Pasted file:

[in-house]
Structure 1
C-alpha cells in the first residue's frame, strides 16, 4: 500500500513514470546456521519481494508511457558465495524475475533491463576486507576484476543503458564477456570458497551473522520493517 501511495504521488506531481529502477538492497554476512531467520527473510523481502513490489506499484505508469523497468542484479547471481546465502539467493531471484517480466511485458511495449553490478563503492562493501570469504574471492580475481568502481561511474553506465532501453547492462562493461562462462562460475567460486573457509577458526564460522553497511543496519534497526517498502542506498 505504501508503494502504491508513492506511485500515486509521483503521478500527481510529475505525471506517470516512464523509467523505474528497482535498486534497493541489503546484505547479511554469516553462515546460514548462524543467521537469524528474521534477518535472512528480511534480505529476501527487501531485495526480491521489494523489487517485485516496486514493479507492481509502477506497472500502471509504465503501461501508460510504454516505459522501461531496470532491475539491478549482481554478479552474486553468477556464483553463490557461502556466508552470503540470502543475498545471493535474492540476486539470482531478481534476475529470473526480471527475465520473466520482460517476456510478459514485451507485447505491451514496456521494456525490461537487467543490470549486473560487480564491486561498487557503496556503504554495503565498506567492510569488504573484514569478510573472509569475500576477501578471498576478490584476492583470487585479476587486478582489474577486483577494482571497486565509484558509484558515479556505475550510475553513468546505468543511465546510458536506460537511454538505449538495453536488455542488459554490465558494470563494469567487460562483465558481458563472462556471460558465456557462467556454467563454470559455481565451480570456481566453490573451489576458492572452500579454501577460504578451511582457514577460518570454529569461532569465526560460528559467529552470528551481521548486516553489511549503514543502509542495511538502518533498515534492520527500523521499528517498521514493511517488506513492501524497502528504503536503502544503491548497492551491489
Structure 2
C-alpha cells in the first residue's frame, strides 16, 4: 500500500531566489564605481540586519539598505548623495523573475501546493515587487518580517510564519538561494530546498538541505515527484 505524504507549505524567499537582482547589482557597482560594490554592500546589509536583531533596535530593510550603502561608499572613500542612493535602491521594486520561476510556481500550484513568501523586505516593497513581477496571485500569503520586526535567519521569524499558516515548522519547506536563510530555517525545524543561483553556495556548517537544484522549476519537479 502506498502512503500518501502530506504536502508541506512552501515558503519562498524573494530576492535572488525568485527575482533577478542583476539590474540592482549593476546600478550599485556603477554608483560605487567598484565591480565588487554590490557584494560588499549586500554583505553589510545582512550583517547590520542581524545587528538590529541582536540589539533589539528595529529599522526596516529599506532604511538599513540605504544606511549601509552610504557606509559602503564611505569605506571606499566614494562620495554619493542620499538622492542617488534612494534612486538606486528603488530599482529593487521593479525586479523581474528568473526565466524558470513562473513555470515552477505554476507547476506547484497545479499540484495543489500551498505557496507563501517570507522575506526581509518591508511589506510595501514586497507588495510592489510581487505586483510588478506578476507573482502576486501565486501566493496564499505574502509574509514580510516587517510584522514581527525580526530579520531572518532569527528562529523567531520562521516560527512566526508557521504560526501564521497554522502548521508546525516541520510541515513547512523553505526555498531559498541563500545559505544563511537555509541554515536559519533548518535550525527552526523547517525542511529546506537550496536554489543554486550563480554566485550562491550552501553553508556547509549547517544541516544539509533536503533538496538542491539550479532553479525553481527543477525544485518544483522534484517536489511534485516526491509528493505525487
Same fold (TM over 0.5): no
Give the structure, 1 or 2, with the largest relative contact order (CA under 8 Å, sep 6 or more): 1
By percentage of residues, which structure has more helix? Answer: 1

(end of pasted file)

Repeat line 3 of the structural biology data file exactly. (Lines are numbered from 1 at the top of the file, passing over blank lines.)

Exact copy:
C-alpha cells in the first residue's frame, strides 16, 4: 500500500513514470546456521519481494508511457558465495524475475533491463576486507576484476543503458564477456570458497551473522520493517 501511495504521488506531481529502477538492497554476512531467520527473510523481502513490489506499484505508469523497468542484479547471481546465502539467493531471484517480466511485458511495449553490478563503492562493501570469504574471492580475481568502481561511474553506465532501453547492462562493461562462462562460475567460486573457509577458526564460522553497511543496519534497526517498502542506498 505504501508503494502504491508513492506511485500515486509521483503521478500527481510529475505525471506517470516512464523509467523505474528497482535498486534497493541489503546484505547479511554469516553462515546460514548462524543467521537469524528474521534477518535472512528480511534480505529476501527487501531485495526480491521489494523489487517485485516496486514493479507492481509502477506497472500502471509504465503501461501508460510504454516505459522501461531496470532491475539491478549482481554478479552474486553468477556464483553463490557461502556466508552470503540470502543475498545471493535474492540476486539470482531478481534476475529470473526480471527475465520473466520482460517476456510478459514485451507485447505491451514496456521494456525490461537487467543490470549486473560487480564491486561498487557503496556503504554495503565498506567492510569488504573484514569478510573472509569475500576477501578471498576478490584476492583470487585479476587486478582489474577486483577494482571497486565509484558509484558515479556505475550510475553513468546505468543511465546510458536506460537511454538505449538495453536488455542488459554490465558494470563494469567487460562483465558481458563472462556471460558465456557462467556454467563454470559455481565451480570456481566453490573451489576458492572452500579454501577460504578451511582457514577460518570454529569461532569465526560460528559467529552470528551481521548486516553489511549503514543502509542495511538502518533498515534492520527500523521499528517498521514493511517488506513492501524497502528504503536503502544503491548497492551491489